Yes, I talk to myself in my brain. My thoughts are strange, I know. But I do have moments where I can feel the French seeping into my brain…and it’s not just the French language either. It’s the culture.


I’ve kissed so many people! Let me explain. In France, to greet someone (or to say goodbye), you kiss them on one side of the cheek and then the other (and it’s more of an “air” kiss). This is called “bisous.” Everyone does it, but I was so nervous the first time someone tried to kiss me. Here were my exact thoughts…


He’s coming a little close to me. Oh gosh. No. No. No. Yep. He’s going to do that whole bisous thing. Oh dear. Do I go to the left? Or the right? How many times do we do this? What if I mess up? I’m so embarrassed. I think I’m blushing. Okay. Act natural. Here it goes… Right. Left. Done. That’s it? Okay. That wasn’t so bad.  


Depending on what region of France you are in, the number of bisous given can vary. Here, at least in my experience, it is only done twice and it starts on the right and ends on the left. I’m starting to get used to it, although I might need more practice…especially with some nice looking French boys. I’m kidding of course!


There you have it. My name is Kellene. I’m from the United States. I’m here to learn French, about the French culture, and about the world. So, what about you? What’s your name? Where are you from? Why are you here?

It Doesn’t Always Rain

It doesn’t always rain in Nantes, but when it does, it pours. This morning, I awoke to the sound of pounding on my ceiling. Those noisy neighbors…wait. I’m on the top floor. Is that…rain? I reluctantly crawled out of bed at six-thirty in the morning to look outside my window. Yes. It was raining. Again.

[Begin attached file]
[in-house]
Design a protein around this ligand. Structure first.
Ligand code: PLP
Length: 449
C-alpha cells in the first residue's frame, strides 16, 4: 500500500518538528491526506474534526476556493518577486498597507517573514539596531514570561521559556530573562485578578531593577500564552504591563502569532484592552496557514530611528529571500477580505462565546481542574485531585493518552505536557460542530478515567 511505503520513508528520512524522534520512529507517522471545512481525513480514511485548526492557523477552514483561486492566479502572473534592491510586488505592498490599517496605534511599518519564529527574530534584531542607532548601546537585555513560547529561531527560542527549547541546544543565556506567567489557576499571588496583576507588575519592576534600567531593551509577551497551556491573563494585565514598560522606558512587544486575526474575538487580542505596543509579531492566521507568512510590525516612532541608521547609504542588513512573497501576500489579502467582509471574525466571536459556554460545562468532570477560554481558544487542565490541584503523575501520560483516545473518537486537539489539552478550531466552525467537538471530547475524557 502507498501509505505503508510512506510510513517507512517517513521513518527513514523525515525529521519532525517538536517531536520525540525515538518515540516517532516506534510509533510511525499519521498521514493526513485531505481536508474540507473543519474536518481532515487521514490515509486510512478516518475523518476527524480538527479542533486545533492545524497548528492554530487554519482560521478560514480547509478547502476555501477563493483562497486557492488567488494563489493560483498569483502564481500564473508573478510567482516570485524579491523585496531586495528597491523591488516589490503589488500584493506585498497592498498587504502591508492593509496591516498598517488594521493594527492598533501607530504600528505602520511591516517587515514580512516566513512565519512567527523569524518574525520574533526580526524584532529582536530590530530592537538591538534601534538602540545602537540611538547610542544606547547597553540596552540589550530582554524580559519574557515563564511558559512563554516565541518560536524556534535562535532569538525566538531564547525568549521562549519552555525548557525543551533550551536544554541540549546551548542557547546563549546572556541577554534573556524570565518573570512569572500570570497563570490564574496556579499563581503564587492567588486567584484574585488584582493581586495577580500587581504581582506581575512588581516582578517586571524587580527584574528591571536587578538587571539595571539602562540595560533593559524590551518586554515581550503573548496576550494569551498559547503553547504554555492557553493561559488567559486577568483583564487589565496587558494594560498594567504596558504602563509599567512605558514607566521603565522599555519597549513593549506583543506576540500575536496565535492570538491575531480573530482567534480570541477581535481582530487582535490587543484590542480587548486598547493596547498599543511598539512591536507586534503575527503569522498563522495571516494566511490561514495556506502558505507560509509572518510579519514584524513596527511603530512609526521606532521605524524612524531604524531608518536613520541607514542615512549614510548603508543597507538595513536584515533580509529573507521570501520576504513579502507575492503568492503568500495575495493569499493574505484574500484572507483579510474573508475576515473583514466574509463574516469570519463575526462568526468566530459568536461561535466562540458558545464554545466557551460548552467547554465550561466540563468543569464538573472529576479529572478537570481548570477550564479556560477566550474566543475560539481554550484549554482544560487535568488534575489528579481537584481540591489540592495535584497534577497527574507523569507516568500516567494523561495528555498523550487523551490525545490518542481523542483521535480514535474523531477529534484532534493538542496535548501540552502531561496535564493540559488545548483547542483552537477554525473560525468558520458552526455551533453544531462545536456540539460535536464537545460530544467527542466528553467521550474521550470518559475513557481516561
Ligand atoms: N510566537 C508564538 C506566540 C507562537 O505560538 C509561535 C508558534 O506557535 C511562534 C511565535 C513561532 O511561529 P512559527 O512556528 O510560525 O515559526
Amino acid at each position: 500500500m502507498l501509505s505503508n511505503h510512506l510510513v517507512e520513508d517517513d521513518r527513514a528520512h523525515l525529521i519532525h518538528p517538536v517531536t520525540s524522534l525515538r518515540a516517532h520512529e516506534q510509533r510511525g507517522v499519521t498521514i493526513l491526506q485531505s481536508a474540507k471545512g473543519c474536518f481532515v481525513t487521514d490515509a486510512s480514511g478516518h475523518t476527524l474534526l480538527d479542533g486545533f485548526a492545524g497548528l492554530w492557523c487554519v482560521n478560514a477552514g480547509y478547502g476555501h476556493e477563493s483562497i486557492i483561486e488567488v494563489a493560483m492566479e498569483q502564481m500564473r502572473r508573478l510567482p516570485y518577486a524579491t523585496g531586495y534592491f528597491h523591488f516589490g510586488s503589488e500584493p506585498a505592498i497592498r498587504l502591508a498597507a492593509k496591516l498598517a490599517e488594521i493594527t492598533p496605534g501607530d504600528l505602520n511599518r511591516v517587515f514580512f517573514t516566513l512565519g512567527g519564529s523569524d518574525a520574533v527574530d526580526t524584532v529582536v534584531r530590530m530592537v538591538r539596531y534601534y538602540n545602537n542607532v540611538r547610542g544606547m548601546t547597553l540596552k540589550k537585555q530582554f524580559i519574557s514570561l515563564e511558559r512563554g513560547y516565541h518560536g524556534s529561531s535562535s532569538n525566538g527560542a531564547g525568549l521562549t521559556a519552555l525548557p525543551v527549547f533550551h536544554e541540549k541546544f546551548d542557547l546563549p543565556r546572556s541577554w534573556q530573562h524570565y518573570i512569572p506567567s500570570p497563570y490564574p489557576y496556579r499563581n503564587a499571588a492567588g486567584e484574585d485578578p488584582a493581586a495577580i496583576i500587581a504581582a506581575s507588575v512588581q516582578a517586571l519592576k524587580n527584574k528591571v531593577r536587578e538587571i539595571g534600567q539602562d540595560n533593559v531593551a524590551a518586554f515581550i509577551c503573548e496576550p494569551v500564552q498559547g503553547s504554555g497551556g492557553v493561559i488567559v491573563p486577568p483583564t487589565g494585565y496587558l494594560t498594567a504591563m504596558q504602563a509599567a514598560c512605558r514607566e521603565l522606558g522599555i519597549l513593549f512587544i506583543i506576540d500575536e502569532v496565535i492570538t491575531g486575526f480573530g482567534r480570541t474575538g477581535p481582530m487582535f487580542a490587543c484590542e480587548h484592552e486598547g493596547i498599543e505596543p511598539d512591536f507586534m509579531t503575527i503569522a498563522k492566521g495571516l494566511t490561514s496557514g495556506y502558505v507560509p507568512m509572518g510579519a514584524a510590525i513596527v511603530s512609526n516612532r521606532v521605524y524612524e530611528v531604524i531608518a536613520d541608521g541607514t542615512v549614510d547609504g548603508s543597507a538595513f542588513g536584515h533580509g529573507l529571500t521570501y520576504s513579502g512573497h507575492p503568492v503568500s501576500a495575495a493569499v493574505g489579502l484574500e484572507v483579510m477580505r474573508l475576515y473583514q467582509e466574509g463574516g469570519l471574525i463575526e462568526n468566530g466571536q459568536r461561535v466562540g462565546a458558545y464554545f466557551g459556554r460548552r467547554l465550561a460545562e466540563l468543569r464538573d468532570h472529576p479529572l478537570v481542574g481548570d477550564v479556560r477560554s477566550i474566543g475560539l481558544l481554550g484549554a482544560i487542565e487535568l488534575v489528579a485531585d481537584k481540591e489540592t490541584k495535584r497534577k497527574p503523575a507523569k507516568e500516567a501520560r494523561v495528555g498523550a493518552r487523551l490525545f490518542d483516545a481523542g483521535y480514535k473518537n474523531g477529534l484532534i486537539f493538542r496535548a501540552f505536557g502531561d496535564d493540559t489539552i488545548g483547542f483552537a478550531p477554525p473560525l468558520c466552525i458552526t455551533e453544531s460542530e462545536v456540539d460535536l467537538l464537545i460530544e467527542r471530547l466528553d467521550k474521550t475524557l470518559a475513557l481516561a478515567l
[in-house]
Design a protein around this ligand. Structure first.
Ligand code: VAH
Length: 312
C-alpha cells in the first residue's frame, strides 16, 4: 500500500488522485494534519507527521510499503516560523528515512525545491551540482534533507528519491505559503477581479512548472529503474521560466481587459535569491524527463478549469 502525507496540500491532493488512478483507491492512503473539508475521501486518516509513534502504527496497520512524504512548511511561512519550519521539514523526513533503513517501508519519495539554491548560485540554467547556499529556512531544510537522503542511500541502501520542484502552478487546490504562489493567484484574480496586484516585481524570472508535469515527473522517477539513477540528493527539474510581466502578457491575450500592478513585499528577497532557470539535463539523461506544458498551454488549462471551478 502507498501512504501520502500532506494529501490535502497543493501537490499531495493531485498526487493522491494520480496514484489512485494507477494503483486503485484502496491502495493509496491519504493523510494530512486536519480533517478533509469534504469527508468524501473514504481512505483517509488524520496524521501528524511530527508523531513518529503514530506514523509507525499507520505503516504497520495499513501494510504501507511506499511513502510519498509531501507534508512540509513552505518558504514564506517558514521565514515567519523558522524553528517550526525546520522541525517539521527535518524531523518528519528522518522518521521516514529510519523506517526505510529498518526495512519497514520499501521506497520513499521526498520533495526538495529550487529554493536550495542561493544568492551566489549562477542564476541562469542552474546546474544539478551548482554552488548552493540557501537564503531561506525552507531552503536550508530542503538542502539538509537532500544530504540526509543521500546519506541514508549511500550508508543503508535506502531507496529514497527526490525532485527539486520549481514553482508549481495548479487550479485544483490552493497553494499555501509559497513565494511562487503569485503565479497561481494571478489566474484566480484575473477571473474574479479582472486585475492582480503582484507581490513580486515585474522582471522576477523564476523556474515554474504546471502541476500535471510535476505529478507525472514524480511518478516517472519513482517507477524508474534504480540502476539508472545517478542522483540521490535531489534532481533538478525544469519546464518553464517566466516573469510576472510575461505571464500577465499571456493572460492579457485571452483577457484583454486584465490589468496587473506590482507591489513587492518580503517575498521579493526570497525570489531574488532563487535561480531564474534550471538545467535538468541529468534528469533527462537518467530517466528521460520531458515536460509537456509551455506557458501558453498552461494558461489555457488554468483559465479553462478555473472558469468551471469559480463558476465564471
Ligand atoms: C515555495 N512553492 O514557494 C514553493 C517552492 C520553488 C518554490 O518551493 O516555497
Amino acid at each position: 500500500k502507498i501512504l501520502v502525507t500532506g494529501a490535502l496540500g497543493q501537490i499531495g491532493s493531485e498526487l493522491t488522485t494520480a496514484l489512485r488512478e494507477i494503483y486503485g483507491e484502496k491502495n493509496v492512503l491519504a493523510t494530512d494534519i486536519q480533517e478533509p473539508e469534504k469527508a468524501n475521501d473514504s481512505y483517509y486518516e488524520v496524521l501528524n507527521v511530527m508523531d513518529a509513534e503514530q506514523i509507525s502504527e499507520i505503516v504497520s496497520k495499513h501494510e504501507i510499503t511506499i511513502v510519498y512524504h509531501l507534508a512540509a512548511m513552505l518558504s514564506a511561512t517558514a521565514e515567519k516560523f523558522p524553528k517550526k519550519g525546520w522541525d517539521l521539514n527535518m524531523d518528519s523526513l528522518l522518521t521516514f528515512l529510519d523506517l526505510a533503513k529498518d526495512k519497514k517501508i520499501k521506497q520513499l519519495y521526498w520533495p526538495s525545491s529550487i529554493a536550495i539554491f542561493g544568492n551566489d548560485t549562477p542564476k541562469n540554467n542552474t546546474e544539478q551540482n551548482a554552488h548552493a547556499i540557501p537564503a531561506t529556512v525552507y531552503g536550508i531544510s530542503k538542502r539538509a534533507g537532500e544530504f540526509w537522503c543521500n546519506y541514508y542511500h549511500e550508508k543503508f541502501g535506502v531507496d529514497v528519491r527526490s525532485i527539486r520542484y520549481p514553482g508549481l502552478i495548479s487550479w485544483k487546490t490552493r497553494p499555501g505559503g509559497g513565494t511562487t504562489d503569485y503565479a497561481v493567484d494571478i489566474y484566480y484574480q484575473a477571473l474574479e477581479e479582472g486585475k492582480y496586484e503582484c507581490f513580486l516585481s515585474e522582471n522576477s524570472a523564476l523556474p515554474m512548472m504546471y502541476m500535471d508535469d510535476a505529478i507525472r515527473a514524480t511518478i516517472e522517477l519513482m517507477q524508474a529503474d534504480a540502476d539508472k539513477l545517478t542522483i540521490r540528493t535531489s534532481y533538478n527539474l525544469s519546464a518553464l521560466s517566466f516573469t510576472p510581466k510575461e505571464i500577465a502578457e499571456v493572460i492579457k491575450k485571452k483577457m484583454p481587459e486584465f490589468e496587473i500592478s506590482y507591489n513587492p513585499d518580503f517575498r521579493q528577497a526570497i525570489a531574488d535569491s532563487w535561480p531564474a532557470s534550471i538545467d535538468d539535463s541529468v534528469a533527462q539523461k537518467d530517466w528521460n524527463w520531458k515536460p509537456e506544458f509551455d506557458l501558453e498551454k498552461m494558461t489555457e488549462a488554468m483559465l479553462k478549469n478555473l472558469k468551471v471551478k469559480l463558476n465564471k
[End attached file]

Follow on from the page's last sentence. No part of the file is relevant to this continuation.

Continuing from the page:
I was warned about the rain in Nantes. With three rivers and an ocean nearby, Nantes is a very wet place. Still, on my first day of class, I wanted to be dry. Instead, I arrived for my eight-thirty literature class wet and slightly irritated at the never-ending rain. After a week of running around from office to office, I was finally in a classroom. I was wet and exhausted, but the professor walked in with a smile. He asked a simple question…


What do you know about French literature?


Other students mentioned literary movements and authors. I was timid at first, but then I realized something. I know books. I know literature. I am a student. Something clicked inside of me and I was at home. It didn’t matter that I was thousands of miles away from my university or thousands of miles away from my home. A classroom is a classroom and, for me, that will always be home.